Discover Discuss Compare Blog About Us

Do you love yourself a little more than others?

Posted 4 September, 2016 by Surely
in Opinion

 

Unless you are Pol Pot or maybe Ted Bundy, you shall agree that all lives matter.
However, are you a believer that every life matters equally?

If you have answered with an immediate and emphatic “Hell Yeah !!” , do allow me to pose a couple of rhetoric questions.
Have you bought a life insurance for the benefit of a charity?
Would you save a drowning enemy soldier if he had killed your mates?

 

This charming little fellow would definitely not save an Allied soldier.

This charming little fellow will definitely not save an Allied soldier.

 

Whether humans are innately selfish or altruistic has been discussed for hundreds of years.
It may be never been answered.
However, this scientific study by David Rand reveals that the less time that one has to deliberate, the less selfish one will act.

Therefore for the rest of you who are still mulling over the question,  it is likely that your eventual answer will be a muted no.
After all, it is not politically right to say that your life matters more than someone else.

In truth, most of us do believe that the lives of those who we love matters more than a stranger.
It seems impossible to care about a random Italian painter in Rome or a budding footballer in Buenos Aires.
Since we do not know them personally, it is natural to care less about them.

If we are honest here, we are being a little selfish.
Our excuse?
It is simply logistically impossible to take care of everyone.

 

The Inspiring Everyday Hero

 

That is the same reason why we are in awe of selfish acts.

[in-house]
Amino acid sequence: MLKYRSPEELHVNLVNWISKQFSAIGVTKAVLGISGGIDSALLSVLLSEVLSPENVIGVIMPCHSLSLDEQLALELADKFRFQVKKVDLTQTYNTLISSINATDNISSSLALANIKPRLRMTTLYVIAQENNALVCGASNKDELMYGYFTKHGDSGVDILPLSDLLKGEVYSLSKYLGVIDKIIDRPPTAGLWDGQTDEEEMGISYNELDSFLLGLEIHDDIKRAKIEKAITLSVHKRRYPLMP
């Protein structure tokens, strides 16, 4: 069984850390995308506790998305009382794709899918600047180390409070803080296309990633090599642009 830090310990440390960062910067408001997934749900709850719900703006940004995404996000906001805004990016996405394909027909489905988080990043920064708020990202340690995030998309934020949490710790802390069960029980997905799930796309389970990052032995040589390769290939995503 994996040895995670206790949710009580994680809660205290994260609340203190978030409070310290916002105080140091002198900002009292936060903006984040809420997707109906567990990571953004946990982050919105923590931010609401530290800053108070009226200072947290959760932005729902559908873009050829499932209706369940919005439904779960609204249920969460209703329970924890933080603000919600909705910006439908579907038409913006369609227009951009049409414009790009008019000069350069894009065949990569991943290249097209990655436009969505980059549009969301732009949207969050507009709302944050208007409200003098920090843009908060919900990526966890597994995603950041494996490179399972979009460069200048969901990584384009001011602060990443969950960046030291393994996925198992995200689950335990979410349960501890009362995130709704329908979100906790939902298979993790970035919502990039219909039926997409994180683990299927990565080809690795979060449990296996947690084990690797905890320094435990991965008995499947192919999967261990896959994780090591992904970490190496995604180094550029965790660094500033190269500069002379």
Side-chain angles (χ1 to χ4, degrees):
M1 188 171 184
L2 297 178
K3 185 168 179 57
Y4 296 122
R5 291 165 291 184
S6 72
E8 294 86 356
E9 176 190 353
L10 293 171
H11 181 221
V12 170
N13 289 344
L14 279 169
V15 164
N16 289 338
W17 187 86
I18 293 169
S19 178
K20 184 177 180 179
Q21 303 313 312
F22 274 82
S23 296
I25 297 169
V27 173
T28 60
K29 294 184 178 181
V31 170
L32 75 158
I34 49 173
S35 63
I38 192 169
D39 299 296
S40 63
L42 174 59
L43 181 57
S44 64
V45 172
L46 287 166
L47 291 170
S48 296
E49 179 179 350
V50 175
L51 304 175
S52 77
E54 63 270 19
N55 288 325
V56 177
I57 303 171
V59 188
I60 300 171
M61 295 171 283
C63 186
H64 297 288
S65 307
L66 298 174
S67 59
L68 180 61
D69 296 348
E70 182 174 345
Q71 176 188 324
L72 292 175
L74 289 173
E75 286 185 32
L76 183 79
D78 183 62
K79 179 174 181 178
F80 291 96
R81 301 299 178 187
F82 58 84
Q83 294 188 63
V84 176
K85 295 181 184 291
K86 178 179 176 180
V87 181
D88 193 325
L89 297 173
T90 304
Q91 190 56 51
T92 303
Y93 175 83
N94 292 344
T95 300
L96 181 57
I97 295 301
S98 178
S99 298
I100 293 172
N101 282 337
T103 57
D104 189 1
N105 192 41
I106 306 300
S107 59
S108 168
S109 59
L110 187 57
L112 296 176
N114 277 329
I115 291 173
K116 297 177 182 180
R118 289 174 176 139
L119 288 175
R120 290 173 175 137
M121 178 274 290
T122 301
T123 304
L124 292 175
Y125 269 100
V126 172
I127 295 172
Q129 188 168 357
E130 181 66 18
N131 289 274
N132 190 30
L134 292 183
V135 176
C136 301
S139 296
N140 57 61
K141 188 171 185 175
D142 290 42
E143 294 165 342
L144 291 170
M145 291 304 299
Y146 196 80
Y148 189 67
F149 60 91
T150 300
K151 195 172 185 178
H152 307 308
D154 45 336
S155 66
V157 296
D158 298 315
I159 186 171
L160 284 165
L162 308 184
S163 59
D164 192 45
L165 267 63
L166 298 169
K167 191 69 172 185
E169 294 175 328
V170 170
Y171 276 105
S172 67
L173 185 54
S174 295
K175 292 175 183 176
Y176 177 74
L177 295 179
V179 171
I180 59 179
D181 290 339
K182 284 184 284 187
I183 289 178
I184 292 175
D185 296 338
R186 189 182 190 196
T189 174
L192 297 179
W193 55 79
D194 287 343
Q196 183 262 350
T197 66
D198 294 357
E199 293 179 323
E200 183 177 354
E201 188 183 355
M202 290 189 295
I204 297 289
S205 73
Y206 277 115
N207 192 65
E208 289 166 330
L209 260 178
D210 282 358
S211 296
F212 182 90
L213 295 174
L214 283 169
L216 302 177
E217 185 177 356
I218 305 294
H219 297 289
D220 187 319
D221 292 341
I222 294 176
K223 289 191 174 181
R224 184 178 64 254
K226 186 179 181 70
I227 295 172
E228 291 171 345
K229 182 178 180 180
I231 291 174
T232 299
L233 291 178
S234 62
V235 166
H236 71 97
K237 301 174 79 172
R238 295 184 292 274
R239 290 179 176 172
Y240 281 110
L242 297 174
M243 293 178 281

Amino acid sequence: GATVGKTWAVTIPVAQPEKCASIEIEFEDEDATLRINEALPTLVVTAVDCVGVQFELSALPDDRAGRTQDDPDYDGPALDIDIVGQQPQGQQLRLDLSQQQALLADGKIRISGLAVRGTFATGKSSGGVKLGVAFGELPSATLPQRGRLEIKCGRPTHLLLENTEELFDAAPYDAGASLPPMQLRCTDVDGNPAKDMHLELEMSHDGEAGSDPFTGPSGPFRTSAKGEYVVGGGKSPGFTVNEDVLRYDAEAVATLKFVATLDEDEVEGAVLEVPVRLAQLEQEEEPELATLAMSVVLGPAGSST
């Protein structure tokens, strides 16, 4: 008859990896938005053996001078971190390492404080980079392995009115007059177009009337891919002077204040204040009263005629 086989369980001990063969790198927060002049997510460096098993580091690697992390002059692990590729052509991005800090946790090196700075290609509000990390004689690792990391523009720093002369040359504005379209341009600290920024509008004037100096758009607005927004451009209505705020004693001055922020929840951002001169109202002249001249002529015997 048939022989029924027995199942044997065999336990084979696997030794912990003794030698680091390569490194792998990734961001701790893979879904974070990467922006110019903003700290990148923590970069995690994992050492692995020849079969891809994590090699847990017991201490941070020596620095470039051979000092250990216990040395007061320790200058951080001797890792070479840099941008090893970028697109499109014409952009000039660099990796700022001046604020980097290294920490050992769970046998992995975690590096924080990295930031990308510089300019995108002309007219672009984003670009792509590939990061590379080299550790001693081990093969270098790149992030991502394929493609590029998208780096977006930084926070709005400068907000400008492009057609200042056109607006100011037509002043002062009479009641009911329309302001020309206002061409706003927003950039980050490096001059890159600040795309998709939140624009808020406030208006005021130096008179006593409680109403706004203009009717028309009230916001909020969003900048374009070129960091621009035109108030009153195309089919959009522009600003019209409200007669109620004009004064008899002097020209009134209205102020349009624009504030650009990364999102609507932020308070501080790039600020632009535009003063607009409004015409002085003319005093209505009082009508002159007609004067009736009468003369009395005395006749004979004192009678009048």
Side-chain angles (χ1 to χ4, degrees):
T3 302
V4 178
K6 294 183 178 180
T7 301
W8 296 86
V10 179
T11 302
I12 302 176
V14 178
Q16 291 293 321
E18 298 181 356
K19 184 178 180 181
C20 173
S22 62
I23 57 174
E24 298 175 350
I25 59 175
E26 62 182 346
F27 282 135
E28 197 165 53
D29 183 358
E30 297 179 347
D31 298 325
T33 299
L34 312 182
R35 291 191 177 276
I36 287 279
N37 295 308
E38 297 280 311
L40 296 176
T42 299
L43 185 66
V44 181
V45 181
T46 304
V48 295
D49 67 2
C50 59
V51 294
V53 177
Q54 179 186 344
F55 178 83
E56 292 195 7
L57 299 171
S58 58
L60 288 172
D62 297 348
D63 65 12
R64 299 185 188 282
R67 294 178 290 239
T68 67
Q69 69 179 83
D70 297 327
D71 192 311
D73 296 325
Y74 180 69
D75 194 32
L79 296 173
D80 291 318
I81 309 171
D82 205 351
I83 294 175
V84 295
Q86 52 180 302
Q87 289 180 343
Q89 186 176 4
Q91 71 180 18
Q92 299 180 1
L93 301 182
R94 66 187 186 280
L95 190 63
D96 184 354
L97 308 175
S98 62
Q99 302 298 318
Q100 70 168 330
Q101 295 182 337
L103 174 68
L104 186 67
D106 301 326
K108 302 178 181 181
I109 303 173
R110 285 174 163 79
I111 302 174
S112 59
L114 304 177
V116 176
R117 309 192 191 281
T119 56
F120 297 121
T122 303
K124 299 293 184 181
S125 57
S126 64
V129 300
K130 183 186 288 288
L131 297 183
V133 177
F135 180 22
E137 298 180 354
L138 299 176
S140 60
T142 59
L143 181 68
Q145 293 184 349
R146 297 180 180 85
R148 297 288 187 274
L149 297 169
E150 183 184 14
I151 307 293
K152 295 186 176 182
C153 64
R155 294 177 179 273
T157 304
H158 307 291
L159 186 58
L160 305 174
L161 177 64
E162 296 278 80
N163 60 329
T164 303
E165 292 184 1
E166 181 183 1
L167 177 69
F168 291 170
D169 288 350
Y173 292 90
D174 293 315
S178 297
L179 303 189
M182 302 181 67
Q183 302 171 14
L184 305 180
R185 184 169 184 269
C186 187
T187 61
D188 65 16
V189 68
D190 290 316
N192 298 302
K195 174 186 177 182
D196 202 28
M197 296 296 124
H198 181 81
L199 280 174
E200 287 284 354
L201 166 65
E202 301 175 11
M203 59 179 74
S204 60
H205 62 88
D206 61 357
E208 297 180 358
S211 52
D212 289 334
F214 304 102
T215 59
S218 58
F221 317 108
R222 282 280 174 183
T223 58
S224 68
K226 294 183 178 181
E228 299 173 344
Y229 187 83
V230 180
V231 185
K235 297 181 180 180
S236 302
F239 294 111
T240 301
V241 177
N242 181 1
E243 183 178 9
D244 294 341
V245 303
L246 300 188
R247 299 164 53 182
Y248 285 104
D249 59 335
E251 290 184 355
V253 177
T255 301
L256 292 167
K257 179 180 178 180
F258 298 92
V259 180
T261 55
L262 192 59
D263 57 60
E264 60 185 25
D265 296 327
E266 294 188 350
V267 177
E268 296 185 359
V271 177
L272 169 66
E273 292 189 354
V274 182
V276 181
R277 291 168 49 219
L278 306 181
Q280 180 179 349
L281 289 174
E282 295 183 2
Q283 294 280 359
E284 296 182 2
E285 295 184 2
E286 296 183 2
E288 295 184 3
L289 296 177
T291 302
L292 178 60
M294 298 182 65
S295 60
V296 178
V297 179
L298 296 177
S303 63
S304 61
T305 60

Adel Termos threw himself at a suicide bomber in Beirut, thus saving lives of many other while sacrificing his.
We love the story of kind Samaritans such as Kermit Kubitz who help save a 15-year-old girl from her assailant but end up being stabbed himself.

In the local context, the recent passing of SR Nathan had brought back the memories of his great deed in the Laju incident.
It was not just his poise in the face of extreme pressure that inspired us.
It was that he had placed himself in grave danger in exchange for the lives of the hostages.

 

RIP, our beloved former President.

RIP, our beloved former President.

 

They were heroes, not just because they were courageous.
They were so because we knew that they had to put their lives on the line to save random unknown people.

Deep down inside us, we were unsure if we would risk our most precious life in exchange for saving a few other strangers in similar situations.
We would definitely do that for our beloved family and possibly friends.

A bunch of outsiders? Doubtful.

 

The Rise of Extreme Altruism

 

With the advancement in technology and the advent of online journalism, we are able to access to stories of ordinary people around the globe quickly and easily.
Go to your Facebook now.
I bet that you will have at least a story about a stranger in your news feed.

 

You lose. I have no friends on my Facebook.

You lose. I have no friends on my Facebook.

 

Due to increased visibility, it has given some a new perspective.
No single life is more valuable than another.
Say hi to extreme altruism.

To the extreme altruists, every life matters equally.
They do not care for themselves more than anyone else.
If they do, they will feel a sense of guilt.

Extreme altruists feel obliged to work for the betterment of everyone.
Not family or loved ones.
Literally every single living soul on Earth.

 

Loving everyone under the sun.

Loving everyone under the sun.

 

They scrimped and saved as much money as they could and donated them to charities.